We took the train back to Abbey Wood and Chuck got a haircut along the way. We even picked up some groceries at a smallish market then dropped everything off in Homer. We stopped at Reception and much to our delight, found out we can stay until next Tuesday. Hooray! This is a really great place. Quite posh in fact. I signed us up for membership in the Caravan Camping Club which entitles us to a £7 reduction in camping fees at each club campground (they’re everywhere and very high standard). It cost us £45 but it will pay for itself in 7 days. We paid for our 6 nights in advance, £133.80.

We tried our Internet stick but when trying to register with T-Mobile online, were told that a pin number was sent to our "phone" so we could log in. So, now we have a pin number that has actually been sent to our computer as a text message. We were stuck.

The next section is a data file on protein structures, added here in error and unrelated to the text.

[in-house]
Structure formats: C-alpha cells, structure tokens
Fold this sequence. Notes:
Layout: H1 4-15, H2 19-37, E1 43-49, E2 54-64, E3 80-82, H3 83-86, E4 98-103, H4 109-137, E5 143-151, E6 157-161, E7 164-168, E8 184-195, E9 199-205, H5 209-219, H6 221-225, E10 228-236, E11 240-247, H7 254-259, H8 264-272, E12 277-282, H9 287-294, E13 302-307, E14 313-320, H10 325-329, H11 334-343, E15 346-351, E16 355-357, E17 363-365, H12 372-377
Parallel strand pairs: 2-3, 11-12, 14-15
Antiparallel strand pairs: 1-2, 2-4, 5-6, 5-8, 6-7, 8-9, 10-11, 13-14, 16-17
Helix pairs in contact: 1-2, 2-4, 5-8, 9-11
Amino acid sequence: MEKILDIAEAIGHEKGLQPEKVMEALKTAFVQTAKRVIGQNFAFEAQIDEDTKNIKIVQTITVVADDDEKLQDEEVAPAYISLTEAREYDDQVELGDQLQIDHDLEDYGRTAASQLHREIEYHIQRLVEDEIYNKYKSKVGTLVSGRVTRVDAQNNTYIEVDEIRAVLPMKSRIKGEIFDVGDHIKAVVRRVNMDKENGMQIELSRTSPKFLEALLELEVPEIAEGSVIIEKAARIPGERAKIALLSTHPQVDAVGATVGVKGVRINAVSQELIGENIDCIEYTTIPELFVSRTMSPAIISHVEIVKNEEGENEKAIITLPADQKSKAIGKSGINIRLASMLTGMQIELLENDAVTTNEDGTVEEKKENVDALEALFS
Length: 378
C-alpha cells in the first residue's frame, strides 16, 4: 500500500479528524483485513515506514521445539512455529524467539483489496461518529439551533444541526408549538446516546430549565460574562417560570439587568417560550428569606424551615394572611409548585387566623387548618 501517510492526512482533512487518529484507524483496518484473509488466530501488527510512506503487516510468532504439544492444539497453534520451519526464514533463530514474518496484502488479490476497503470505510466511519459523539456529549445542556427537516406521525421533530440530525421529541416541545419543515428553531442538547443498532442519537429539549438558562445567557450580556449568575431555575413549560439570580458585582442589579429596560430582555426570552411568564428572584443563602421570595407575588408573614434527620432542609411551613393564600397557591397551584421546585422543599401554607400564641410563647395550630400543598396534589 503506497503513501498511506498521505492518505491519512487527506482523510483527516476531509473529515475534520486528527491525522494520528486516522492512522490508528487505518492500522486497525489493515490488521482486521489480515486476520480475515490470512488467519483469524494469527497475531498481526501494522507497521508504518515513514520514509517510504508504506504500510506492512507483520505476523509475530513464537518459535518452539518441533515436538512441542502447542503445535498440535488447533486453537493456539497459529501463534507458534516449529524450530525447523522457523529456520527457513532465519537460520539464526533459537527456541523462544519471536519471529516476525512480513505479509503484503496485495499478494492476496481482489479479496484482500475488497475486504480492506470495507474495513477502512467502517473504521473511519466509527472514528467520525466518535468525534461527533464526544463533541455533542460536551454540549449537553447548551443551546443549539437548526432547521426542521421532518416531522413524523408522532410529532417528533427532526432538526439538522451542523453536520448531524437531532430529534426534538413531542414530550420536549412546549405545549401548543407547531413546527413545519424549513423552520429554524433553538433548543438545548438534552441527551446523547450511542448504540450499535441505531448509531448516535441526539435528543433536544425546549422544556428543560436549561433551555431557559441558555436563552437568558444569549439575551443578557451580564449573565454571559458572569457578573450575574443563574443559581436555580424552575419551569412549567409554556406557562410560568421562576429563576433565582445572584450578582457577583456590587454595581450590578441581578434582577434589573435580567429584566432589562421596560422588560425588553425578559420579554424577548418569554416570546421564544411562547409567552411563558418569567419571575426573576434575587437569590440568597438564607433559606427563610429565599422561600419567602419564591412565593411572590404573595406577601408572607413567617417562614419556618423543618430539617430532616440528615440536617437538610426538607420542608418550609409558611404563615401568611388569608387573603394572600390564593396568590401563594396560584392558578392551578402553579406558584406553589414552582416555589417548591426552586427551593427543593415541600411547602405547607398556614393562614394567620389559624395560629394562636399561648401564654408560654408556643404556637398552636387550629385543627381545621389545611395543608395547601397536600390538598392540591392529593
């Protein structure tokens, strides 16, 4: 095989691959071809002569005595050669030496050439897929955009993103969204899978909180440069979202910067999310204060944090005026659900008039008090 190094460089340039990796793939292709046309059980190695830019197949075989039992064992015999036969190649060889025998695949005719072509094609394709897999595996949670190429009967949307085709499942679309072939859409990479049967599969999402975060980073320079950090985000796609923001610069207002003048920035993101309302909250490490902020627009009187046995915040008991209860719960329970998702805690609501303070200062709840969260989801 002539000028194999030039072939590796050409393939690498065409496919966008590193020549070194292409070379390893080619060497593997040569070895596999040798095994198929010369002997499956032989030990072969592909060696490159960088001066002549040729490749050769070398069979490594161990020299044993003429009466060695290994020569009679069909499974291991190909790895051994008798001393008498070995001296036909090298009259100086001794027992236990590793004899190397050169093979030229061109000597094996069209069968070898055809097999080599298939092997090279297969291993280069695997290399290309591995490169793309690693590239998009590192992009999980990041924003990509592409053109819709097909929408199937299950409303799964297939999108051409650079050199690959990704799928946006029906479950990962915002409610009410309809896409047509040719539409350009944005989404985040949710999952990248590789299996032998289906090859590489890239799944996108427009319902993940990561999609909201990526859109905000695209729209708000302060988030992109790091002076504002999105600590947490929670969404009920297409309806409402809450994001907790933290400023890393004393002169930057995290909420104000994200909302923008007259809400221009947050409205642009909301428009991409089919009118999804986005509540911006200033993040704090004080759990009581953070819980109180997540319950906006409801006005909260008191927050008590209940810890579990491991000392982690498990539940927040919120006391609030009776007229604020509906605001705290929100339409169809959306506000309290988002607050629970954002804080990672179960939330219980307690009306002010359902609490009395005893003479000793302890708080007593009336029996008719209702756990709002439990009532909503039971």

Back on the train we made it all the way into London this time, deciding to find a T-Mobile store to see if they could give us the pin number we needed in order to get online. We walked and walked until we found one. A very helpful guy, Richard, did some magic with our phone, "gave" us 4 top-up SIM cards that we loaded with £5 each that would give us one month once activated with 1 GB of memory. If you are getting any of this, you're doing better than we are.

Now it was time to take in the sights. I really wanted to ride the London Eye and even if it is touristy, we really loved it. It rotates very slowly for 30 minutes—in fact, it doesn’t even stop when you walk on—and the views were wonderful. We got the senior discount so paid £14 each rather than the normal £17.50. There is a free 4-D film experience that was really fun and well worth the time (probably about 10 minutes). Chuck thought it was the best 3-D film he’d ever seen.

I love this skinny building

County Hall